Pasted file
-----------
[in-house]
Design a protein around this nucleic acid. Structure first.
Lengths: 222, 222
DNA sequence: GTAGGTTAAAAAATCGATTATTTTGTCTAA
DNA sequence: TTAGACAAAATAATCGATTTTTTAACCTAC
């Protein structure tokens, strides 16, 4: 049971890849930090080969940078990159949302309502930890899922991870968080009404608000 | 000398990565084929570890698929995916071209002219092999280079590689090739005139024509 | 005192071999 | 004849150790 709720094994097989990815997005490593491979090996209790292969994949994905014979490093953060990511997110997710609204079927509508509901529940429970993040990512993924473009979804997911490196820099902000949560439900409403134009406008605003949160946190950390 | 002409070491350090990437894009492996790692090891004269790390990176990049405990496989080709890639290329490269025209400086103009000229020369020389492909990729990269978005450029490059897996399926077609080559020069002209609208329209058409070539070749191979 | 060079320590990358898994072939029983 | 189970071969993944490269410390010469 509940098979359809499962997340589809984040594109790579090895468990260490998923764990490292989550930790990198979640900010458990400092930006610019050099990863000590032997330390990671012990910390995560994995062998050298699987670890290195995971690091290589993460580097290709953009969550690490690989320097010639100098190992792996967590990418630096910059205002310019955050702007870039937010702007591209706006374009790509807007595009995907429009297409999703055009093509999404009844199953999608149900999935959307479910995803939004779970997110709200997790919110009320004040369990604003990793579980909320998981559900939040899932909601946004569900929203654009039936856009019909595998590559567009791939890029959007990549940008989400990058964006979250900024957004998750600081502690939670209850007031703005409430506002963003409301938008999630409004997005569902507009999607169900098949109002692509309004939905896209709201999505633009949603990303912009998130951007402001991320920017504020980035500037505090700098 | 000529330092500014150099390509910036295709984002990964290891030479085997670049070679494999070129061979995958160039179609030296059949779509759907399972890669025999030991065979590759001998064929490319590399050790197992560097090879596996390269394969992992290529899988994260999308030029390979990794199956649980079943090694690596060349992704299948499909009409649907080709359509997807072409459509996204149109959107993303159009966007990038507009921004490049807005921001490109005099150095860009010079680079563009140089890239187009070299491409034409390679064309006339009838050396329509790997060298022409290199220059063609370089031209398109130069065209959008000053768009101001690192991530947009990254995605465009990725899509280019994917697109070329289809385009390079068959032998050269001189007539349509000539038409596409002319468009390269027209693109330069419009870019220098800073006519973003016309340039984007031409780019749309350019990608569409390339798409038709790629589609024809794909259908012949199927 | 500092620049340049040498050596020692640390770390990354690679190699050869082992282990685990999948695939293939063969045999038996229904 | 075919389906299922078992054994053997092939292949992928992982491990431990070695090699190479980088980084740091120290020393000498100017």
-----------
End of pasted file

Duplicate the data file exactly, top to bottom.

[in-house]
Design a protein around this nucleic acid. Structure first.
Lengths: 222, 222
DNA sequence: GTAGGTTAAAAAATCGATTATTTTGTCTAA
DNA sequence: TTAGACAAAATAATCGATTTTTTAACCTAC
């Protein structure tokens, strides 16, 4: 049971890849930090080969940078990159949302309502930890899922991870968080009404608000 | 000398990565084929570890698929995916071209002219092999280079590689090739005139024509 | 005192071999 | 004849150790 709720094994097989990815997005490593491979090996209790292969994949994905014979490093953060990511997110997710609204079927509508509901529940429970993040990512993924473009979804997911490196820099902000949560439900409403134009406008605003949160946190950390 | 002409070491350090990437894009492996790692090891004269790390990176990049405990496989080709890639290329490269025209400086103009000229020369020389492909990729990269978005450029490059897996399926077609080559020069002209609208329209058409070539070749191979 | 060079320590990358898994072939029983 | 189970071969993944490269410390010469 509940098979359809499962997340589809984040594109790579090895468990260490998923764990490292989550930790990198979640900010458990400092930006610019050099990863000590032997330390990671012990910390995560994995062998050298699987670890290195995971690091290589993460580097290709953009969550690490690989320097010639100098190992792996967590990418630096910059205002310019955050702007870039937010702007591209706006374009790509807007595009995907429009297409999703055009093509999404009844199953999608149900999935959307479910995803939004779970997110709200997790919110009320004040369990604003990793579980909320998981559900939040899932909601946004569900929203654009039936856009019909595998590559567009791939890029959007990549940008989400990058964006979250900024957004998750600081502690939670209850007031703005409430506002963003409301938008999630409004997005569902507009999607169900098949109002692509309004939905896209709201999505633009949603990303912009998130951007402001991320920017504020980035500037505090700098 | 000529330092500014150099390509910036295709984002990964290891030479085997670049070679494999070129061979995958160039179609030296059949779509759907399972890669025999030991065979590759001998064929490319590399050790197992560097090879596996390269394969992992290529899988994260999308030029390979990794199956649980079943090694690596060349992704299948499909009409649907080709359509997807072409459509996204149109959107993303159009966007990038507009921004490049807005921001490109005099150095860009010079680079563009140089890239187009070299491409034409390679064309006339009838050396329509790997060298022409290199220059063609370089031209398109130069065209959008000053768009101001690192991530947009990254995605465009990725899509280019994917697109070329289809385009390079068959032998050269001189007539349509000539038409596409002319468009390269027209693109330069419009870019220098800073006519973003016309340039984007031409780019749309350019990608569409390339798409038709790629589609024809794909259908012949199927 | 500092620049340049040498050596020692640390770390990354690679190699050869082992282990685990999948695939293939063969045999038996229904 | 075919389906299922078992054994053997092939292949992928992982491990431990070695090699190479980088980084740091120290020393000498100017």